Emile Durkheim, 1858-1917: A Collection of Essays, with Translations and a Bibliography

By Emile Durkheim; Kurt H. Wolff | Go to book overview

PREFACES TO L'ANNÉE SOCIOLOGIQUE 1

EMILE DURKHEIM


Preface to Volume I2

Neither the sole, nor even the chief, objective of the Année sociologique is the presentation of an annual survey of the state of properly sociological literature. Such a task would be too restricted and of little utility, for properly sociological studies are not yet numerous enough to call for a bibliographic periodical. We believe, however, that sociologists have a real need for regular information concerning studies which are being carried on in the special sciences--the histories of law, culture, and religions; moral statistics; economics; and so on--for it is these special sciences that offer the materials out of which sociology must be built. It is the primary aim of the present publication to meet this need.

It seems to us that, at the present stage of our discipline, to provide such regular information is the best way to hasten its progress. In fact, the knowledge a sociologist needs--if he does not want to abandon himself to a vain exercise of dialectics--is so extended and varied, and the facts are so numerous and are scattered in so many quarters, that one has great difficulties in assembling them and always risks omitting important items. It is therefore desirable that a preliminary survey put these facts at the disposal of interested persons. No doubt, to the extent that sociology becomes specialized, scholars will find it easier to acquire the competence and erudition necessary for the particular class of problems to which they devote their labors. But this stage has yet to be reached. There are still too many sociologists who daily dogmatize on law, morals, or religion; and there are still scholars who have only random information or who proceed exclusively by the lights of natural philosophy, without suspecting, it would appear, that a considerable body of documents bearing on these questions has been assembled in recent times by the historical and ethnographic schools of Germany and England. It is thus not a useless task to undertake a periodic inventory of all these sources and to indicate, at

-341-

Notes for this page

Add a new note
If you are trying to select text to create highlights or citations, remember that you must now click or tap on the first word, and then click or tap on the last word.
One moment ...
Default project is now your active project.
Project items
Notes
Cite this page

Cited page

Style
Citations are available only to our active members.
Buy instant access to cite pages or passages in MLA 8, MLA 7, APA and Chicago citation styles.

(Einhorn, 1992, p. 25)

(Einhorn 25)

(Einhorn 25)

1. Lois J. Einhorn, Abraham Lincoln, the Orator: Penetrating the Lincoln Legend (Westport, CT: Greenwood Press, 1992), 25, http://www.questia.com/read/27419298.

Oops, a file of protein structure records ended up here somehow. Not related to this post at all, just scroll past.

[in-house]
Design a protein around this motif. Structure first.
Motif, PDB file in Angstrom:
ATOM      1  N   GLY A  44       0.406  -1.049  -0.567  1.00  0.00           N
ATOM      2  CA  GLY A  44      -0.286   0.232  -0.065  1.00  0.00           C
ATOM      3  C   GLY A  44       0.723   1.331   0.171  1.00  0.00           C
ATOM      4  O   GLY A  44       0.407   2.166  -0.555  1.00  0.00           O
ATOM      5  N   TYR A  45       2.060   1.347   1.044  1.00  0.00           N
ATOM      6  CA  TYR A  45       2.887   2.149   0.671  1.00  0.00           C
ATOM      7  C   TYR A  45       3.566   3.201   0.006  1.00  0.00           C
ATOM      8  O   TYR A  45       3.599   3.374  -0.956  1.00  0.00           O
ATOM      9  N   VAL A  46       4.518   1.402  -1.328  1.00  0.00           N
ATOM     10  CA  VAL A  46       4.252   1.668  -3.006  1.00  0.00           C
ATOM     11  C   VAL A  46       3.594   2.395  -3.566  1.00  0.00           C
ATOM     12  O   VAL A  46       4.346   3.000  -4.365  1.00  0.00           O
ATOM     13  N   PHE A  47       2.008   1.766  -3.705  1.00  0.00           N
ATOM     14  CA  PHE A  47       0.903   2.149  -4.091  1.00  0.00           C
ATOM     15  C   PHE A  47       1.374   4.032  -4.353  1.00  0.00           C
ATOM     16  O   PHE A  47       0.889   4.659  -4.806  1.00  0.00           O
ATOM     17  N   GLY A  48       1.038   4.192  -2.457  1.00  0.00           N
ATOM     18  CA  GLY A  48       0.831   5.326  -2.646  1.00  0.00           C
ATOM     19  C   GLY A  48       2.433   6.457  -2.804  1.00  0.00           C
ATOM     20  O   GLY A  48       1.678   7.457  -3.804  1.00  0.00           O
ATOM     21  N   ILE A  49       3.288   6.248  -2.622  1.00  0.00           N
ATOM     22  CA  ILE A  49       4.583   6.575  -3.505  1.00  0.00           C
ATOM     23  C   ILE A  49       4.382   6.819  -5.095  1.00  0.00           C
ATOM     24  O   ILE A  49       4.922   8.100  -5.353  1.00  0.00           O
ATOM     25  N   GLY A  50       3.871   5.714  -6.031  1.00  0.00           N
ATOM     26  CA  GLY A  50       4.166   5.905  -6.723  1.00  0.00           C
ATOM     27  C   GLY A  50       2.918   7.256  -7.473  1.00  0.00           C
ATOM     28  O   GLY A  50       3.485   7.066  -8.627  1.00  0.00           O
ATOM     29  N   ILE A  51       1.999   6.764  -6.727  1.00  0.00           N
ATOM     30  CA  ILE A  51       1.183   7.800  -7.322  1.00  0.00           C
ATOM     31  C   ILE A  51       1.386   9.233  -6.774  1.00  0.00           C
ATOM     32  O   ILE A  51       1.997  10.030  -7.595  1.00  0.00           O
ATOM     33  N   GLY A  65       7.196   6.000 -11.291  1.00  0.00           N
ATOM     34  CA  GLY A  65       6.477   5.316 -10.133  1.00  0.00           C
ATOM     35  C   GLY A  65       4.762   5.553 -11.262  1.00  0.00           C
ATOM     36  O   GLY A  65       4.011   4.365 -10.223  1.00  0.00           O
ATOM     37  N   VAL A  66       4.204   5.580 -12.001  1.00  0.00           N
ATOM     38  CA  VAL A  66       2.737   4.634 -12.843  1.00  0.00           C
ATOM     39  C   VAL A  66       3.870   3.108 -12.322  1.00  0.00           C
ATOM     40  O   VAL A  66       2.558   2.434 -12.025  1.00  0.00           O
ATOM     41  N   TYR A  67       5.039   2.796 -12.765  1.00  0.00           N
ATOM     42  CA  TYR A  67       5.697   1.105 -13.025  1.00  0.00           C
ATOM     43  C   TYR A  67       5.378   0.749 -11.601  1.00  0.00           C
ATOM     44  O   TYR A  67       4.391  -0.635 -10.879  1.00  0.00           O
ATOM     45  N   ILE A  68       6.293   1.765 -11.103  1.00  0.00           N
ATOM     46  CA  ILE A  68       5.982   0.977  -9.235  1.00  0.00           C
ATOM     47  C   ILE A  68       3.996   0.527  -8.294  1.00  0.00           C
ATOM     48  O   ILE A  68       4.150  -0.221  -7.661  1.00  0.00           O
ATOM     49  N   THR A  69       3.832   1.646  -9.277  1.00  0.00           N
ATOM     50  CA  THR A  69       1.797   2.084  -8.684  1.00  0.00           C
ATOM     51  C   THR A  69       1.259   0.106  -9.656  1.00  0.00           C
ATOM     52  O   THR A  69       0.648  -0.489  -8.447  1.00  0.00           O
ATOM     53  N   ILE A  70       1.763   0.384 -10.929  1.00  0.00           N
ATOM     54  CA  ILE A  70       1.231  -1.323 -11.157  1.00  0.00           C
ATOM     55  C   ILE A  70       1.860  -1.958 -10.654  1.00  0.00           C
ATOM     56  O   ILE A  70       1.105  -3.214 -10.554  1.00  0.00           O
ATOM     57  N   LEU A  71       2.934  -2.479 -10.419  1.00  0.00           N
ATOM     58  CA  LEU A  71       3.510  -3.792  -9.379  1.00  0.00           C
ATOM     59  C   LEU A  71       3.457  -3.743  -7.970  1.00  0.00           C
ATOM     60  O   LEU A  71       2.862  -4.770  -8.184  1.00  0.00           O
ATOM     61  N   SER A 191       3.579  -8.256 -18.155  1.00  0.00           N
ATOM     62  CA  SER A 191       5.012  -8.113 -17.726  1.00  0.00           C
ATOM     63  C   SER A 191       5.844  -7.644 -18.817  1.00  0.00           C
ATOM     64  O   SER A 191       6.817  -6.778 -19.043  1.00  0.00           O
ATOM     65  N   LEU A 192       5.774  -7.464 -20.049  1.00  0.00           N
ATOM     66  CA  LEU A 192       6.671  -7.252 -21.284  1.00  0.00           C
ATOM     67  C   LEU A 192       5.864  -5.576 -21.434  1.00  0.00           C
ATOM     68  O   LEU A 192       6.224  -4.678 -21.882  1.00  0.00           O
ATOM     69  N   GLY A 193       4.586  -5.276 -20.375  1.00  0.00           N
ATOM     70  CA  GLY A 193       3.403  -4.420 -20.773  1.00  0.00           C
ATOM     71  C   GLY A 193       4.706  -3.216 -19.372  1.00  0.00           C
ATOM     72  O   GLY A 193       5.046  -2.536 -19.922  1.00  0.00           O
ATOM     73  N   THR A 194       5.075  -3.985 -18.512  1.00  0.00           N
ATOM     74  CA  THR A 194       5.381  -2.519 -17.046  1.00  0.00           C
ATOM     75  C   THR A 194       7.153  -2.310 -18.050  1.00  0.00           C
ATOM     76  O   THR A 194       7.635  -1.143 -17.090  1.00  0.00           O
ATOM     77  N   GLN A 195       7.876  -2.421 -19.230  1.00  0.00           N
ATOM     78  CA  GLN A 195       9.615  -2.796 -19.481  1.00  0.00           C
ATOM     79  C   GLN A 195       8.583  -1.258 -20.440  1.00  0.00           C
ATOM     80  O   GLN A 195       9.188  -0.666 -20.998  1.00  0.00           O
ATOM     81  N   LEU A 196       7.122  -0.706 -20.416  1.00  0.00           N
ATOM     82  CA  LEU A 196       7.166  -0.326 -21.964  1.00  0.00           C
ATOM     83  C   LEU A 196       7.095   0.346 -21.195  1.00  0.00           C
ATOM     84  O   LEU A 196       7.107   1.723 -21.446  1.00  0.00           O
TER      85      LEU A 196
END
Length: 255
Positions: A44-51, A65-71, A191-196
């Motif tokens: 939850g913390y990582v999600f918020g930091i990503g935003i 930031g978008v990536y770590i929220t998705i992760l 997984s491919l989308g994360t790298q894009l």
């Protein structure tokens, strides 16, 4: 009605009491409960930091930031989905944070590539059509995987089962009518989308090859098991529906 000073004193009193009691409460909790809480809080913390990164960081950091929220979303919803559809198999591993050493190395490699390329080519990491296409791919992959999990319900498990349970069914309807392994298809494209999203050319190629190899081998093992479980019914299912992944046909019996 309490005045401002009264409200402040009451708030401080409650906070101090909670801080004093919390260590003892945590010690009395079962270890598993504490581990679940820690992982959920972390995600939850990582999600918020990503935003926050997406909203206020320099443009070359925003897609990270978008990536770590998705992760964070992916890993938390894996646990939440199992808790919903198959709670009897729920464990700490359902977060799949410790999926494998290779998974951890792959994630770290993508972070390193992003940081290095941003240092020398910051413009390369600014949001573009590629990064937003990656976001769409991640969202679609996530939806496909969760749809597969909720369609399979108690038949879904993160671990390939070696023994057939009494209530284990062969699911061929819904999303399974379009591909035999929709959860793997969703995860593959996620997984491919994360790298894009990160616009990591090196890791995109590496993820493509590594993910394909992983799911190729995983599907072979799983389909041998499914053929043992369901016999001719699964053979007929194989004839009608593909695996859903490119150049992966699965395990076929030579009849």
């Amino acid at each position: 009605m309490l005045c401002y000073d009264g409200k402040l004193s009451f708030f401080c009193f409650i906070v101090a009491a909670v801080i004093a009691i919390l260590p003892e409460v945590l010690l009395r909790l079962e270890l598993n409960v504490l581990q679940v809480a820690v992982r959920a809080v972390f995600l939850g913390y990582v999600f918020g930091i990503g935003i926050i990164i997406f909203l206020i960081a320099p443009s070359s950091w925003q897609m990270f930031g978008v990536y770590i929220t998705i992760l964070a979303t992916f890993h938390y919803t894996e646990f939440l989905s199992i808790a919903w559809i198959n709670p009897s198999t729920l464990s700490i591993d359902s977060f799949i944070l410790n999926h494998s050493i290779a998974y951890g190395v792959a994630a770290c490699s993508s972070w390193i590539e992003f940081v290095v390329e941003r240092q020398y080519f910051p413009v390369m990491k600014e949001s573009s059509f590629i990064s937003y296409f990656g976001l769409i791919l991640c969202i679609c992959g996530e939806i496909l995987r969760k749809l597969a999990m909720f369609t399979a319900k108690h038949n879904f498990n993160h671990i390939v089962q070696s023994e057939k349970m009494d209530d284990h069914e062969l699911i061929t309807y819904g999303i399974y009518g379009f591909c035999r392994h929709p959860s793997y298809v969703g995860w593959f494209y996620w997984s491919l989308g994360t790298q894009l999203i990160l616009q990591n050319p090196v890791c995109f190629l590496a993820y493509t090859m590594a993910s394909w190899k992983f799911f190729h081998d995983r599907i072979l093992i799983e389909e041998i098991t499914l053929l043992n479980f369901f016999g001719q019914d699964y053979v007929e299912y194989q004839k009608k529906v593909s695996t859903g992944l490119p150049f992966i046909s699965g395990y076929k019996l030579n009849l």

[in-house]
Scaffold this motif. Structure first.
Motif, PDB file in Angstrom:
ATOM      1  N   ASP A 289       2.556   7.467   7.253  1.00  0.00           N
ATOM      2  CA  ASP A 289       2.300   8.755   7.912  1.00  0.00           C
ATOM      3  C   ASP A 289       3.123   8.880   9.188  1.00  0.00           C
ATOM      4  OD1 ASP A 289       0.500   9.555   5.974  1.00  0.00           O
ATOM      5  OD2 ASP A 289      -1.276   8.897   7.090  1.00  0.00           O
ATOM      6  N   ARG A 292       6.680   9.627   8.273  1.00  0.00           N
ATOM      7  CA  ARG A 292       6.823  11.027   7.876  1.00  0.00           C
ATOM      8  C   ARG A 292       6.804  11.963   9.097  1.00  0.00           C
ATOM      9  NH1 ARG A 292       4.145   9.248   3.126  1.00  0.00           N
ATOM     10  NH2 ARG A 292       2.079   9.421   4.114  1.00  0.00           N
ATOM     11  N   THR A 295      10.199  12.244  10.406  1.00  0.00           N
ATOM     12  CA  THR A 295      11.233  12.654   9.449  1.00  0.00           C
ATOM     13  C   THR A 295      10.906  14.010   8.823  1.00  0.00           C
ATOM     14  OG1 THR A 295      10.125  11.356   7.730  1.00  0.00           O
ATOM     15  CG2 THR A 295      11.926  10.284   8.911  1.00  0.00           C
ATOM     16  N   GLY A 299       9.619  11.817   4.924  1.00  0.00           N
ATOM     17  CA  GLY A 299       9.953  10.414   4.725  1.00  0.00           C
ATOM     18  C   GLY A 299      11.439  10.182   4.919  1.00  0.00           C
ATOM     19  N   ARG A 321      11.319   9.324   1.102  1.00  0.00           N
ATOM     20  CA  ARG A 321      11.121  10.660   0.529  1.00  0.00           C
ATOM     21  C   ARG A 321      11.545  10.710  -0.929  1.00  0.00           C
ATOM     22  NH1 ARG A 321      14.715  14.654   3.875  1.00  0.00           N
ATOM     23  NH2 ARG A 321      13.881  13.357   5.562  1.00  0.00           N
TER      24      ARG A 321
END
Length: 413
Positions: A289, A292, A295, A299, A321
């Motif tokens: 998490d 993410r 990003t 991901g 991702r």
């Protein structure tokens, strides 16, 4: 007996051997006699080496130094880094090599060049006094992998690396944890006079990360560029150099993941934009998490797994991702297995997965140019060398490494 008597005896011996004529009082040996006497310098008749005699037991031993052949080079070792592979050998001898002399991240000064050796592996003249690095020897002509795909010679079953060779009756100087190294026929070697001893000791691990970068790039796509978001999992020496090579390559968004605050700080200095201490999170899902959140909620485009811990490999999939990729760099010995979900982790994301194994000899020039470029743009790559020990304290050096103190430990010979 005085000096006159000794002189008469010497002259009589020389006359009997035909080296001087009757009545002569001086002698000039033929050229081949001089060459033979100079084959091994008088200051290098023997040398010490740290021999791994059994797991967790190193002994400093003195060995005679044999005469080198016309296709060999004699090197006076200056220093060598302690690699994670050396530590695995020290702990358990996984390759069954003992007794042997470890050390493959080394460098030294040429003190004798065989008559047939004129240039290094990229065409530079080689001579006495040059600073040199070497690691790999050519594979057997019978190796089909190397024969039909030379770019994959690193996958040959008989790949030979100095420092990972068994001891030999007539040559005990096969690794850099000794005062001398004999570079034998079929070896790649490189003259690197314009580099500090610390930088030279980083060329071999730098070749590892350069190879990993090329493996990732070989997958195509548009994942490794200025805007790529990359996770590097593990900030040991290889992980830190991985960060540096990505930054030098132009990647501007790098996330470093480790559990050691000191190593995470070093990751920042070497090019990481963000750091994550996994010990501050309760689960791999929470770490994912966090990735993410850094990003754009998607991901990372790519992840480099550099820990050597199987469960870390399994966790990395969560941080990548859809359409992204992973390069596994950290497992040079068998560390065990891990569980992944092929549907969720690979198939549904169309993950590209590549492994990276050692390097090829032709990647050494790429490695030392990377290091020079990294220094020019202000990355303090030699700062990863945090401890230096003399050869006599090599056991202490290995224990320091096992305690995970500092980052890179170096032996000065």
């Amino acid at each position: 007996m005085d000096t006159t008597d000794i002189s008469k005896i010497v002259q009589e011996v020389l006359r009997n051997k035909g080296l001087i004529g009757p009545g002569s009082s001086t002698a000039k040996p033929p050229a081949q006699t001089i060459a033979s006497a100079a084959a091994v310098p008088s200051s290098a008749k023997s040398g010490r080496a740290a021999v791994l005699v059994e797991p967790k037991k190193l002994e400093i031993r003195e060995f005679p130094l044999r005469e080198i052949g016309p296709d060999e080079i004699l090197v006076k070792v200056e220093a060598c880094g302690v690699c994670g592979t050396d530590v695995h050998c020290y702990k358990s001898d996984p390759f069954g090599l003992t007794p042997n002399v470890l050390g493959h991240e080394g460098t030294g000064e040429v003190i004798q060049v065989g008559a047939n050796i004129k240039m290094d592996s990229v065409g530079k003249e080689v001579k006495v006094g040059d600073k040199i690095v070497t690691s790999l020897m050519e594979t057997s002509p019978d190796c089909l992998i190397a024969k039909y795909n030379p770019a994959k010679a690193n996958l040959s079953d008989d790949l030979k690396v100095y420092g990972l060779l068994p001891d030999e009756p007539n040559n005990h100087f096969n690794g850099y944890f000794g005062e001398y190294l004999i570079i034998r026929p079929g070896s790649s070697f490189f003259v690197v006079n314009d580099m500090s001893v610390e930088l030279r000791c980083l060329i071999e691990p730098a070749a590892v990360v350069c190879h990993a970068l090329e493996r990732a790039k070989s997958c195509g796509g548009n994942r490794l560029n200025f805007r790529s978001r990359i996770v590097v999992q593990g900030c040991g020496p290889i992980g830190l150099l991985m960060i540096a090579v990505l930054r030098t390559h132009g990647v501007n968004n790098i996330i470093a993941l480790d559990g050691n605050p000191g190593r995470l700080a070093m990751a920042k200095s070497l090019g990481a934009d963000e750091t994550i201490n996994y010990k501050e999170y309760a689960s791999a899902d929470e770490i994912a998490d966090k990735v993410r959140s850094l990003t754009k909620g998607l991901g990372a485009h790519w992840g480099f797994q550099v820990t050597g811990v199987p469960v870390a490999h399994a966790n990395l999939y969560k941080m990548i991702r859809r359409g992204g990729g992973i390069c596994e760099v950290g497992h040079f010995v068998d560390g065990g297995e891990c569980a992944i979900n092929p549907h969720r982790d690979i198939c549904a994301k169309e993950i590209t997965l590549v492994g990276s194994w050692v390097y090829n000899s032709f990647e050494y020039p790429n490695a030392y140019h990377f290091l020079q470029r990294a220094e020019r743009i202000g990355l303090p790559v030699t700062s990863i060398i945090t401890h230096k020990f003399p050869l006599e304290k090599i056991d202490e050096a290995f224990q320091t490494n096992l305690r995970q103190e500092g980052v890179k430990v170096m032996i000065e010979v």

Note: primary sources have slightly different requirements for citation. Please see these guidelines for more information.

Cited page

Bookmark this page
Emile Durkheim, 1858-1917: A Collection of Essays, with Translations and a Bibliography
Table of contents

Table of contents

Settings

Settings

Typeface
Text size Smaller Larger Reset View mode
Search within

Search within this book

Look up

Look up a word

  • Dictionary
  • Thesaurus
Please submit a word or phrase above.
Print this page

Print this page

Why can't I print more than one page at a time?

Help
Full screen
Items saved from this book
  • Bookmarks
  • Highlights & Notes
  • Citations
/ 466

matching results for page

    Questia reader help

    How to highlight and cite specific passages

    1. Click or tap the first word you want to select.
    2. Click or tap the last word you want to select, and you’ll see everything in between get selected.
    3. You’ll then get a menu of options like creating a highlight or a citation from that passage of text.

    OK, got it!

    Cited passage

    Style
    Citations are available only to our active members.
    Buy instant access to cite pages or passages in MLA 8, MLA 7, APA and Chicago citation styles.

    "Portraying himself as an honest, ordinary person helped Lincoln identify with his audiences." (Einhorn, 1992, p. 25).

    "Portraying himself as an honest, ordinary person helped Lincoln identify with his audiences." (Einhorn 25)

    "Portraying himself as an honest, ordinary person helped Lincoln identify with his audiences." (Einhorn 25)

    "Portraying himself as an honest, ordinary person helped Lincoln identify with his audiences."1

    1. Lois J. Einhorn, Abraham Lincoln, the Orator: Penetrating the Lincoln Legend (Westport, CT: Greenwood Press, 1992), 25, http://www.questia.com/read/27419298.

    Cited passage

    Thanks for trying Questia!

    Please continue trying out our research tools, but please note, full functionality is available only to our active members.

    Your work will be lost once you leave this Web page.

    Buy instant access to save your work.

    Already a member? Log in now.

    Search by... Author
    Show... All Results Primary Sources Peer-reviewed

    Oops!

    An unknown error has occurred. Please click the button below to reload the page. If the problem persists, please try again in a little while.